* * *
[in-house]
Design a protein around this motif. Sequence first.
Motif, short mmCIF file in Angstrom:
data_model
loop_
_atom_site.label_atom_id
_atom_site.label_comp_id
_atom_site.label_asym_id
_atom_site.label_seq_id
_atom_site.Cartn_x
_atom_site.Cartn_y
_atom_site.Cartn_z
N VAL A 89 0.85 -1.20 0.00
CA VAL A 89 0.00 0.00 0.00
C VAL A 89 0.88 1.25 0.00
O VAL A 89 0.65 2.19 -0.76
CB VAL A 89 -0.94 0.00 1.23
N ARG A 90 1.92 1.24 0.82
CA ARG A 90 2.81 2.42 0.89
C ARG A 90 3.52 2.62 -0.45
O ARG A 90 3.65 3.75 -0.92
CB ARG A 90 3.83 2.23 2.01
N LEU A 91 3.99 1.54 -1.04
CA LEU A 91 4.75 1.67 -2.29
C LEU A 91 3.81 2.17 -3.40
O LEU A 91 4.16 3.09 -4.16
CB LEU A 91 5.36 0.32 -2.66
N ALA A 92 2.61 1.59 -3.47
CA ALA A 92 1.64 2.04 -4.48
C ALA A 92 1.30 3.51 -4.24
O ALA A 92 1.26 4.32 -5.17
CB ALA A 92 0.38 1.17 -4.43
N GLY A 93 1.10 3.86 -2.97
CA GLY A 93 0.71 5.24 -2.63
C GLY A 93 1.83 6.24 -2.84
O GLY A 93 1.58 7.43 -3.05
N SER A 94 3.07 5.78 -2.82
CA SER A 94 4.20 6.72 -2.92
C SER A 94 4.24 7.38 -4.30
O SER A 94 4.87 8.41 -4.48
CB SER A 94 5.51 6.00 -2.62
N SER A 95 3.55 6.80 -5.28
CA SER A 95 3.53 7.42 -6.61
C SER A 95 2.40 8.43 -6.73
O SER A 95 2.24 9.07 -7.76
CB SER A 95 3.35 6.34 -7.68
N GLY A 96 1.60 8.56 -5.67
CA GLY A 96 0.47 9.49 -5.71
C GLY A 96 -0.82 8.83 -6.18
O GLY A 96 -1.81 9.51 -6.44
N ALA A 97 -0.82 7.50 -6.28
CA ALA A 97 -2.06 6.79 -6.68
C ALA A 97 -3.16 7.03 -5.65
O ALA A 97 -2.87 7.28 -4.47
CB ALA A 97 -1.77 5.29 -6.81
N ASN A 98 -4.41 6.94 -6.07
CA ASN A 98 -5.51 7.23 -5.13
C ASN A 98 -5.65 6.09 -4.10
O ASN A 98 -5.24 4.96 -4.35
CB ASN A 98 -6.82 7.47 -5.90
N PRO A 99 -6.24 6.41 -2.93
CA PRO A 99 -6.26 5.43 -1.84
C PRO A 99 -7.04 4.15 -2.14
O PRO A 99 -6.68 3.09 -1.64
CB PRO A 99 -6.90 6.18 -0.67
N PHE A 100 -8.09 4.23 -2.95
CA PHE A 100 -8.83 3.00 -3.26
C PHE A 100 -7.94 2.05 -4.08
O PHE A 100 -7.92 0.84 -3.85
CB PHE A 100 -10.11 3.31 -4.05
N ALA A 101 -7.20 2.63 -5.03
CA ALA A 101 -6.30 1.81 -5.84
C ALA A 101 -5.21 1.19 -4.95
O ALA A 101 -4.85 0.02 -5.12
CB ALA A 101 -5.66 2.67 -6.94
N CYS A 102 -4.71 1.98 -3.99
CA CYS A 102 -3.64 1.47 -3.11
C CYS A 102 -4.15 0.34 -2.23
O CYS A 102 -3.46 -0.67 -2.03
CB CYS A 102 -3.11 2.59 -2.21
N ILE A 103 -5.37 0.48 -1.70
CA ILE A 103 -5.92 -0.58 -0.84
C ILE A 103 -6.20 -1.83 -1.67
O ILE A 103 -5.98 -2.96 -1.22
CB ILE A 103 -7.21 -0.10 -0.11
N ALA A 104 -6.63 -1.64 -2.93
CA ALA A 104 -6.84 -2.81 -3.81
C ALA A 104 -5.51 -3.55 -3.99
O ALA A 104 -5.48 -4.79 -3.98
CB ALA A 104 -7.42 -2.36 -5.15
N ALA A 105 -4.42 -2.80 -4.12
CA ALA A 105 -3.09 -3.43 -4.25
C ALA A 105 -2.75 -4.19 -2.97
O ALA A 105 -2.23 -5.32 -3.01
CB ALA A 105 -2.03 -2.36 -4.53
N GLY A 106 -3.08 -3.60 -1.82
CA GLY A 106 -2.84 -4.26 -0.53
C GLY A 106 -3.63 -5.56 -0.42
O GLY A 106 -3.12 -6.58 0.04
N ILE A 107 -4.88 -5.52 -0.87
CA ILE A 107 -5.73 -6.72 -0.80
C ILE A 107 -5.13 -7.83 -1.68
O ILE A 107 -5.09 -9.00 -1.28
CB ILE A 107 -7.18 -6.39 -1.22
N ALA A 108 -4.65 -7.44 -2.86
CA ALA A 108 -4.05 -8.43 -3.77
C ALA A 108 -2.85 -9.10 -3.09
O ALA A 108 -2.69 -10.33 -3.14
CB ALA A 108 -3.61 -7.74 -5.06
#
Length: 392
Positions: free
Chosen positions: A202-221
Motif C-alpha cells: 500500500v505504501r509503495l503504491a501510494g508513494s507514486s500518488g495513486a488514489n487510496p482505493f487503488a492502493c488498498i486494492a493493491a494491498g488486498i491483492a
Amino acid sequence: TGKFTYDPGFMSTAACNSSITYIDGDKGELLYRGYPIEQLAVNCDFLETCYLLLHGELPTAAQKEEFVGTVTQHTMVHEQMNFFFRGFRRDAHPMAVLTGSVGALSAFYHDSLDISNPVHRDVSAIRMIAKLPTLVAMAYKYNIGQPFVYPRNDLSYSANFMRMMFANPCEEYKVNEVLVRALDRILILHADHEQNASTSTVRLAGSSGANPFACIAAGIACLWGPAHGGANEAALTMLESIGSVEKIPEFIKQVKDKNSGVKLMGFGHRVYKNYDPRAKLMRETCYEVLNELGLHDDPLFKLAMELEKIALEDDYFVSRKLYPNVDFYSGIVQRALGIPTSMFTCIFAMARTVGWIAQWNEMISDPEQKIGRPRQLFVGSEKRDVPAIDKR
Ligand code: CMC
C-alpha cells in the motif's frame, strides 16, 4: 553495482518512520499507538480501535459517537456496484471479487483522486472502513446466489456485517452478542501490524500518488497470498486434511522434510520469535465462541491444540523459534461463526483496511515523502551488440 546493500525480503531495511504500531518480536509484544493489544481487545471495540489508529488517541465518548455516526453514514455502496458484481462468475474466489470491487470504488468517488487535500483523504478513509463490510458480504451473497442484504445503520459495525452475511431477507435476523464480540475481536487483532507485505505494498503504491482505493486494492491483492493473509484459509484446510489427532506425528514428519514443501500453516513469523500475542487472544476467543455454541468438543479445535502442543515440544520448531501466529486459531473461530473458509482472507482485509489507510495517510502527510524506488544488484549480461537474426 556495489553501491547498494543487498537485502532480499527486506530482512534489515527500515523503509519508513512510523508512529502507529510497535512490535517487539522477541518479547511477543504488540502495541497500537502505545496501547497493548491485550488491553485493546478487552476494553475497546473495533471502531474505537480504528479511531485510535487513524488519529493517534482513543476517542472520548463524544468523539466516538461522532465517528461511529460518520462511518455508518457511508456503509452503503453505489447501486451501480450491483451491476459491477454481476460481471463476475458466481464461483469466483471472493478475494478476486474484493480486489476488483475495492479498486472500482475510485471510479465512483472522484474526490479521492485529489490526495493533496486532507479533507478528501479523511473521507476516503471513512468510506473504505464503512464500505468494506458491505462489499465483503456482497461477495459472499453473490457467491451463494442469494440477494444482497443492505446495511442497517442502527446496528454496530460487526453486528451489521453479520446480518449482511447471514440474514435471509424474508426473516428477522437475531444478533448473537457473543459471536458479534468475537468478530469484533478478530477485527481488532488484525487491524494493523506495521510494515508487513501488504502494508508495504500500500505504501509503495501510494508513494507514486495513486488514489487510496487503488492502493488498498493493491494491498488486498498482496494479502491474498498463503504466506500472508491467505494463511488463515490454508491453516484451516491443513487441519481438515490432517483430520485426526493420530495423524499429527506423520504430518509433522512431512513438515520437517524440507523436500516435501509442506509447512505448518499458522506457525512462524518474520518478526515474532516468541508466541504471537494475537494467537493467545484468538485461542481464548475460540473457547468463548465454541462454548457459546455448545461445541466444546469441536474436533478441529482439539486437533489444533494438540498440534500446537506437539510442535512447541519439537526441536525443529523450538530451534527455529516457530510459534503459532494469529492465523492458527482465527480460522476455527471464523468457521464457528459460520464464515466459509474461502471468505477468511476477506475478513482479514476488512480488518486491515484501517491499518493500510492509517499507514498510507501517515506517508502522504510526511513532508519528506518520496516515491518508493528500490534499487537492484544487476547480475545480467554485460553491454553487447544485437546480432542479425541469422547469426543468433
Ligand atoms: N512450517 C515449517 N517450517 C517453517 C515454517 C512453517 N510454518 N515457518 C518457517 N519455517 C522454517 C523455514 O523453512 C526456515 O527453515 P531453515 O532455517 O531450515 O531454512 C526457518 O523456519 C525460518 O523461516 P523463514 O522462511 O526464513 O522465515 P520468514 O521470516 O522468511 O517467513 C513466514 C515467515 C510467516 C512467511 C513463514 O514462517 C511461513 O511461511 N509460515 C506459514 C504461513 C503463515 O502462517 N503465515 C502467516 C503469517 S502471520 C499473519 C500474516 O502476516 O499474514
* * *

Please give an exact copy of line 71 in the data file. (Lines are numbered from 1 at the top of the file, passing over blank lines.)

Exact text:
N ALA A 101 -7.20 2.63 -5.03